Whilst your contracts get migrated to the network, notice activity on another terminal where you have your rpc server running. Blockchain has recorded your contracts into its system! Phew, we are flying!!!
Contract Address’ & other config
For your front end to communicate with Blockchain back-end, it needs a few config information. Lets grab that info and save it for future reference.
Grab address of each contracts deployed to network.
Open another cmd/terminal and navigate to ./MyDApp/BackEnd Get truffle console using truffle console (on Win10, truffle.cmd console )
Get Supplier contract address using Supplier.address Store this address. We will need this shortly.
Get Customer contract address using Customer.address Store this address. We will need this shortly.
Get ABI for Supplier contract using JSON.stringify(Supplier.abi) . Terminal spits a huge string which is essentially JSON once you remove start and end quotes. Use JSONlint to help you format the JSON. Store this JSON. We will need this shortly.
Similarly, get ABI for Customer contract using JSON.stringify(Customer.abi) Again, remove the first and last quote, format and save this for future reference.
That’s it. You have coded, compiled, migrated and obtained config for Blockchain back-end of your cool decentralized e-commerce app!
There is only front end remaining. Let’s get to it!
As a part of pre-requisites, we installed create-react-app globally & created a react app for ourselves. Lets change to that directory. cd ./MyDApp/FrontEnd
We need to provide config information for React to connect to Blockchain backend. Let’s do that using the following code:
- Create a config file named EthereumSetup.js in /src directory. This is the time for you to grab hold of Supplier and Customer ABI’s obtained from previous steps.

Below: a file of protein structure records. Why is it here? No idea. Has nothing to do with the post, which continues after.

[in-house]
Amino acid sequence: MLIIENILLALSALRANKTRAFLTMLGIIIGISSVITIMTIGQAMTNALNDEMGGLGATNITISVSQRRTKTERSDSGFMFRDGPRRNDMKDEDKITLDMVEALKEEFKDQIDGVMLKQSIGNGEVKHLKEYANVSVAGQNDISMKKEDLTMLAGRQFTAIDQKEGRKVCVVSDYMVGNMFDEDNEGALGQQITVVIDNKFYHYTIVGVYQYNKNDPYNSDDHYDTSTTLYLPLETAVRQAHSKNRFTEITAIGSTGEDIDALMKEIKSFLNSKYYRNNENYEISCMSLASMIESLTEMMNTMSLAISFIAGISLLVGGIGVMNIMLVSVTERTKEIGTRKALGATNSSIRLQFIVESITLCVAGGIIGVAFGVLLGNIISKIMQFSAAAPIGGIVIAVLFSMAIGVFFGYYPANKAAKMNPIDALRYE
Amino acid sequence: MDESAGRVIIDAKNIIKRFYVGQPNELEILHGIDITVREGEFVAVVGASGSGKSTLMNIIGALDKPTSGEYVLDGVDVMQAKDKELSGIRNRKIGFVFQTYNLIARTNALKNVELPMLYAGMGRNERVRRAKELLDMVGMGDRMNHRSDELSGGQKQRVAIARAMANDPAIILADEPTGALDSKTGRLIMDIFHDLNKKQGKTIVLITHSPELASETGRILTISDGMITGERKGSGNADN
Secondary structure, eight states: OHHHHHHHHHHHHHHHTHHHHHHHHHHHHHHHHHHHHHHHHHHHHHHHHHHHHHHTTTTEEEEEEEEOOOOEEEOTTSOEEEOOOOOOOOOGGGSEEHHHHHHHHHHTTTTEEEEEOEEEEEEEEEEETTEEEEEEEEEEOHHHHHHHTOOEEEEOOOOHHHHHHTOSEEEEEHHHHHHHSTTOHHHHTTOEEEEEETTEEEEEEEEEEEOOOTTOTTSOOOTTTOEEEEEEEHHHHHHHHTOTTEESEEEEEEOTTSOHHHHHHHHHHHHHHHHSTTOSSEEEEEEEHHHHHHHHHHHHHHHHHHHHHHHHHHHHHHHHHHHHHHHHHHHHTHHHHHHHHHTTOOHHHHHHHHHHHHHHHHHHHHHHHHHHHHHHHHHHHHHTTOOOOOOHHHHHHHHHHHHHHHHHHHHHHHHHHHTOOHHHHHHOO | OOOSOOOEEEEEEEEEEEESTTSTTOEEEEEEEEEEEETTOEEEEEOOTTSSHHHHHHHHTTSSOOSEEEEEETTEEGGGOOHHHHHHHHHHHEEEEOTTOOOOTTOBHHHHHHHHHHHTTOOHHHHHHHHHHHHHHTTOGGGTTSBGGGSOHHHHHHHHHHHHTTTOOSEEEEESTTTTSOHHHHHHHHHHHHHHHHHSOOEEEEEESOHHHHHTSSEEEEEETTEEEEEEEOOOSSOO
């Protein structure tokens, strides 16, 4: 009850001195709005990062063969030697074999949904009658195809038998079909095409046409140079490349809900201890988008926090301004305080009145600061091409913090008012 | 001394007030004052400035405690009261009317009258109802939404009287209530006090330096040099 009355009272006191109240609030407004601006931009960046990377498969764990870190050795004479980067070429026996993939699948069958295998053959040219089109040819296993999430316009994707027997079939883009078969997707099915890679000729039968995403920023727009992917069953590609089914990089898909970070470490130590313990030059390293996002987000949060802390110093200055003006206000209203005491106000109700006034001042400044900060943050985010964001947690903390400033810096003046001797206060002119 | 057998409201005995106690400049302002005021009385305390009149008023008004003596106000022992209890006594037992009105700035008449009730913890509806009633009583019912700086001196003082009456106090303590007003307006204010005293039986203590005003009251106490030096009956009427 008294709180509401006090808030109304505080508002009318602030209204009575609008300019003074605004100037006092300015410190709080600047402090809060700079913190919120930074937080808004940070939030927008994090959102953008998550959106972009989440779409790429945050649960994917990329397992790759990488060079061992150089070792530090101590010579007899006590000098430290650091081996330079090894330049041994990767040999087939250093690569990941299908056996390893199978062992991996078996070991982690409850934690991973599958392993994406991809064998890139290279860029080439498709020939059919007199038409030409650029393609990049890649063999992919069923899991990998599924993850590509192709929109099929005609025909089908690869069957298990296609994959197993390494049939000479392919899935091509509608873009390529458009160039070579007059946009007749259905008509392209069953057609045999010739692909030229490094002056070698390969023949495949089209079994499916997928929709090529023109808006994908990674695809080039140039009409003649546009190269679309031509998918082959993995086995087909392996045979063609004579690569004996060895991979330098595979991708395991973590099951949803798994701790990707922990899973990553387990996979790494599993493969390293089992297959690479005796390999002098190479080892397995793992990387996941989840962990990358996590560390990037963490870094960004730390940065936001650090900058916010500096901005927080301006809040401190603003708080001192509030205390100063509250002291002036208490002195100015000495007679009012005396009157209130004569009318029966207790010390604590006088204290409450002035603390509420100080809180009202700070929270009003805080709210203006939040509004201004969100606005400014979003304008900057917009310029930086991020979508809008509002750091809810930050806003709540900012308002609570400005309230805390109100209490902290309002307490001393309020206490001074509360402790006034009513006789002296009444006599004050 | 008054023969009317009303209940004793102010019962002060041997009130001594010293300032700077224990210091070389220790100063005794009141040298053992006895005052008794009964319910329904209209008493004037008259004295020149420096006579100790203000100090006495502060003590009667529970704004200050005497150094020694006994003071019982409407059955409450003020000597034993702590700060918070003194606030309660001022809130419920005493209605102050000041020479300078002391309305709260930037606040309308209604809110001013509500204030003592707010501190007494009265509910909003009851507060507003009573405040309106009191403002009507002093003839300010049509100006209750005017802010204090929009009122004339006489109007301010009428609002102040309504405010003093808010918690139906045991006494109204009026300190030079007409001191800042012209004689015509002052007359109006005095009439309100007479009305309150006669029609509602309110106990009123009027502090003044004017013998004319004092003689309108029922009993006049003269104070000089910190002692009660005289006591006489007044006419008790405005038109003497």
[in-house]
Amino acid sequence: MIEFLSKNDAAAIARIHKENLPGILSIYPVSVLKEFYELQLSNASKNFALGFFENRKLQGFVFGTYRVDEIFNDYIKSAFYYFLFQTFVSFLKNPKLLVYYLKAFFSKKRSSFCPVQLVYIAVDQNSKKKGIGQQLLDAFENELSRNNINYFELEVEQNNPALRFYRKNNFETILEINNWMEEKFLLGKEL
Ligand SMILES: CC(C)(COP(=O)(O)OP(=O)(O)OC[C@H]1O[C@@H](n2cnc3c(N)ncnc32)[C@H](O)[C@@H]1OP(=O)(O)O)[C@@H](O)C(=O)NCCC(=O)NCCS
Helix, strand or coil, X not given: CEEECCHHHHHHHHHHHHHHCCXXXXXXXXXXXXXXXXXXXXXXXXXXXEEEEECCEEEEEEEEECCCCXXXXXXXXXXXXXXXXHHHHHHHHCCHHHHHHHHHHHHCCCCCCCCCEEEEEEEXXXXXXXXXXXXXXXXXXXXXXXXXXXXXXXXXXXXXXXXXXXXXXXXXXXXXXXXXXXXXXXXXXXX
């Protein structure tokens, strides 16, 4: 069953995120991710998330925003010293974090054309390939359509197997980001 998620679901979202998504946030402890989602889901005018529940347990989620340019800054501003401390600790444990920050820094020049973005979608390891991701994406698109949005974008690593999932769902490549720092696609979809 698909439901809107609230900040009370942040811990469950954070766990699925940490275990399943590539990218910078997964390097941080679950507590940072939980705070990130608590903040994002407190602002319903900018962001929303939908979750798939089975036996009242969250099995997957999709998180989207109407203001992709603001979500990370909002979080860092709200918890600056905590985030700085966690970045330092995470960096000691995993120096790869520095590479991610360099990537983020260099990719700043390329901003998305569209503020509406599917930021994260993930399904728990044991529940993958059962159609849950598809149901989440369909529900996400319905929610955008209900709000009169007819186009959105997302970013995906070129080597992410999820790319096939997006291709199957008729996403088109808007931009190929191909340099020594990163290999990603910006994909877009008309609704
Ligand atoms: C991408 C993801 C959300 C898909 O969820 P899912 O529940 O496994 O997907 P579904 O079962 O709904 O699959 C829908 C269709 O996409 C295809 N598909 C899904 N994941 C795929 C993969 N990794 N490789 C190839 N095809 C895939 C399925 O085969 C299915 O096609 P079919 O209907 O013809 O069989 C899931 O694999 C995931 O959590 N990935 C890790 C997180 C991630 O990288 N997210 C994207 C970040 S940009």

- Create front-end components for Suppliers to add products to marketplace & process purchase-orders. Within /src folder, create a file named Suppliers.js
Notice how transaction functions (line 115, 127, 140) require gas to complete a transaction. If you are wondering how I’ve pre-determined gas limit to be 20000; The answer is, It’s random! In test networks, you will not have to worry about gas limits. It is a serious consideration when you go to public networks because, we are talking real money then. Higher the gas available for a transaction, it will be ranker higher in priority for the network to complete the transaction.
Now, similar to Suppliers.js we need front end logic and components for Customers to view items available in the marketplace and place order(s). Under /src directory, create a file named Customers.js
Also, note the event listeners. It’s important to trigger these event listeners after the component has been loaded to DOM. You can choose to watch events from a particular block or choose to go from 0 to latest . Using latter, you will catch all events recorded in the Blockchain from the very first block!
With Supplier and Customer components now ready to go, we are one step away from completing our front-end code. Let’s nail it.
Find App.js and make sure it reflects this code:
That’s it. You’ve completed front-end code for your decentralized app! Pretty amazing! You’ve come a long way from having nothing to a full stack DApp! Congratulations!!
To bring the site alive, open a cmd/terminal and change to ./MyDApp/FrontEnd and issue this command — npm start
Whoa!!! Can you see activity on the blockchain backend? That is all your event watchers from front-end subscribing to event emitters from the back-end. For those who know pub-sub; this is sort of similar! You now have a functional Blockchain powered decentralized e-commerce app!
If you are confused about what next, check line 22 to 27 in App.js for instructions.
This article helps you create a full stack DApp from scratch. You will understand how to write smart contracts in Solidity, start your Blockchain back-end and expose it to HTTP via RPC server. You will then use Web3 on the front-end to marry Ethereum back-end to React front-end. Hence ETHEReact!
I will be excited to learn about newer products you build from your newly acquired skills. I’ll be more than happy to support you in this exciting journey. You can find the codebase for ETHEReact here.
For further questions/ feedback / comments, you could reach me @ email@example.com